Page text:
As one of the world’s leading manufacturers of baby gear and preschool toys, Fisher-Price believes that traditional branding processes no longer guarantee success. To differentiate its brands in a highly competitive industry, the company maintains a laser-like focus on creativity and innovation -- and its sphere of influence is large. “How children learn and play is at the core of our product development and marketing,” says Lisa Mancuso, senior vice president of marketing at Fisher-Price. "We understand that big ideas can come from anywhere and anyone -- from the tiniest tots to the most experienced experts." Mancuso, who is scheduled to speak at the ANA Creativity Conference, December 5 in New York City, explains how Fisher-Price creates a culture of creativity, who it looks to for insights, the importance of risk-taking, and more.
Q. You have said that "harmonizing a visual identity" is key to marketing success at Fisher-Price. Please explain what you mean by that.
A. It is important to us that our products and marketing efforts are uniquely Fisher-Price, both inside and out. A little over a year ago we embarked on our first brand refresh in 10 years by launching our "Joy of Learning" campaign. Our fresh tag and positioning, the updated contemporary design of our packaging, the new look and feel of our advertising, and our enhanced global digital footprint have and will continue to strengthen our brand. We now have a consistent look, message, and feel at every touchpoint.
Q. How do you foster creativity at Fisher-Price? Do you have a process in place for generating big ideas?
A. Our process is centered on insights, which we gather from mom, dad, baby, and society. Some of our greatest innovations have spawned from ideas generated in our Play Lab, our child research center. The center has served as an incubator for creativity and big ideas for 50-plus years, and it has seen more than 200,000 children and 60,000 toys come through its doors. Other ideas have come via other research pathways, such as parent focus groups and in-home ethnographies. A recent product example is our Servin’ Surprises Kitchen & Table, which was born out of an in-home observation. It revealed that when children share in kitchen play, it is the serving, not the cooking, that is their favorite role.
Q. Who does Fisher-Price collaborate with for creative inspiration?
A. We collaborate cross-category, cross-brand, cross-company, and with real parents for inspiration. Our collaboration with our various partners, including consumers, boils down to one thing -- the Joy of Learning, which celebrates the discoveries of early childhood and the link between play and learning. Inside Fisher-Price, it is integral to our process that designers, marketers, audio engineers, packaging experts, and product safety specialists all work together to bring the best, most insightful, safest, and most developmentally stimulating products to our end users -- parents and children.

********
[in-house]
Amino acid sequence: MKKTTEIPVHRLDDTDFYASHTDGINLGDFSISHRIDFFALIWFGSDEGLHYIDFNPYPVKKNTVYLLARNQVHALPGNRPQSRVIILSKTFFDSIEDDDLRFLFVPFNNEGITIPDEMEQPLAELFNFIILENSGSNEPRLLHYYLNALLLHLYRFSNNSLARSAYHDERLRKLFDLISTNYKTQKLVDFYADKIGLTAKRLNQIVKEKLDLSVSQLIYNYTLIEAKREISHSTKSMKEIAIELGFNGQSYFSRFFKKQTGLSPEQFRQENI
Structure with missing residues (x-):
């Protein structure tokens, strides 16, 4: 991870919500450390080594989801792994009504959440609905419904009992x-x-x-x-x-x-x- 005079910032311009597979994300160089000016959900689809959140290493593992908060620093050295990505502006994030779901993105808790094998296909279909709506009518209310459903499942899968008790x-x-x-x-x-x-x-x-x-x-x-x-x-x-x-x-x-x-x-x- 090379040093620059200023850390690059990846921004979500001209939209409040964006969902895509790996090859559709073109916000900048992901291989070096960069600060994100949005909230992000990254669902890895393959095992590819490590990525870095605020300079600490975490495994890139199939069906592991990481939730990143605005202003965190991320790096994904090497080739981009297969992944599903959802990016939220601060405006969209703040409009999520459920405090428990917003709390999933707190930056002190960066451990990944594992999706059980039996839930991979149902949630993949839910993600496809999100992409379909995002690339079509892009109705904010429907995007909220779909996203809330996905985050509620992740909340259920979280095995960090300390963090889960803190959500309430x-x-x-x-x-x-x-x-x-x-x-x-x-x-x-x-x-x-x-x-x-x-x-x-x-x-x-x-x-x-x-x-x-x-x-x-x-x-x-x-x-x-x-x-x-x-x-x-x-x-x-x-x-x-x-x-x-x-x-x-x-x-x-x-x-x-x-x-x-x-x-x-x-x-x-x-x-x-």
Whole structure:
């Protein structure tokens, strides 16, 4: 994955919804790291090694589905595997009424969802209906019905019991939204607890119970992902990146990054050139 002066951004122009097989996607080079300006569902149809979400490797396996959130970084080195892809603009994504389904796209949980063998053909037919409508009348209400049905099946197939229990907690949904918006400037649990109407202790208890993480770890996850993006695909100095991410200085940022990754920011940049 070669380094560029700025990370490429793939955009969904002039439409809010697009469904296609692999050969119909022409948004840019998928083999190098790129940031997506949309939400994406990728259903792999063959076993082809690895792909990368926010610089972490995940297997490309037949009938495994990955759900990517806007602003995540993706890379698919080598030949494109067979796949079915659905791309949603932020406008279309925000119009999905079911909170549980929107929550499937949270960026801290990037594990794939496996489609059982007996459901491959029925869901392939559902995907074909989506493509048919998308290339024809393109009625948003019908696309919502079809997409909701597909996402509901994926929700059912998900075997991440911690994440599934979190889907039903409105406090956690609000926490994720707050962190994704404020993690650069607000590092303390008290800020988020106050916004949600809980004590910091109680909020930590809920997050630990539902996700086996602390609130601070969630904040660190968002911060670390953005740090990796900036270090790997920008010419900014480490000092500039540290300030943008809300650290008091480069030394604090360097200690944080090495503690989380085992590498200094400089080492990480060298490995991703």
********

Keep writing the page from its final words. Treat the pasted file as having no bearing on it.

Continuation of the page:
We have enlisted outside creative partners to help us reflect our Joy of Learning insights in refreshed advertising and marketing efforts. For example, famed director Bob Giraldi has updated our ad spots to resonate with parents by using real families to show the authentic moments of bonding between parent and child as they learn through play. We’ve also worked to simplify and contemporize our packaging, which consumers are starting to see on shelf now. A full rollout will occur in 2013.
In addition to our formal research with parents, our digital ecosystem has evolved to help us connect directly with even more parents. Through listening and involving moms and dads both online and in person, we have found that they feel more connected to our products and our brand.
Q. Do you believe that taking bold risks is the secret to more creative, effective marketing? Please share an example of a risk that paid dividends for you.
A. Taking risks that are outside of your comfort zone is what keeps any brand moving. Last year we were the No. 1 infant and preschool brand, with sales in 150 countries. We performed as Mattel’s largest brand. Yet we decided to revamp and rebrand to better engage a new generation of parents. We rebranded Fisher-Price -- introducing a new tag line, the Joy of Learning, and a revamped marketing and advertising campaign. That was a bold risk, but one that we see already is paying off.
Q. Are you using data to develop creative marketing solutions that better engage your customers?
A. Listening to parents is the way we do business. We are guided by key consumer insights, gathered in global qualitative and quantitative studies, which help us learn how better to engage and connect with mom and dad. The dialogue that we’ve started helps us better understand parents’ real needs, particularly in today’s digital world. We can engage directly with moms and dads in ways that fit their new digital lifestyles. Thanks to our increased digital footprint via our brand refresh, parents are helping us and we are helping them!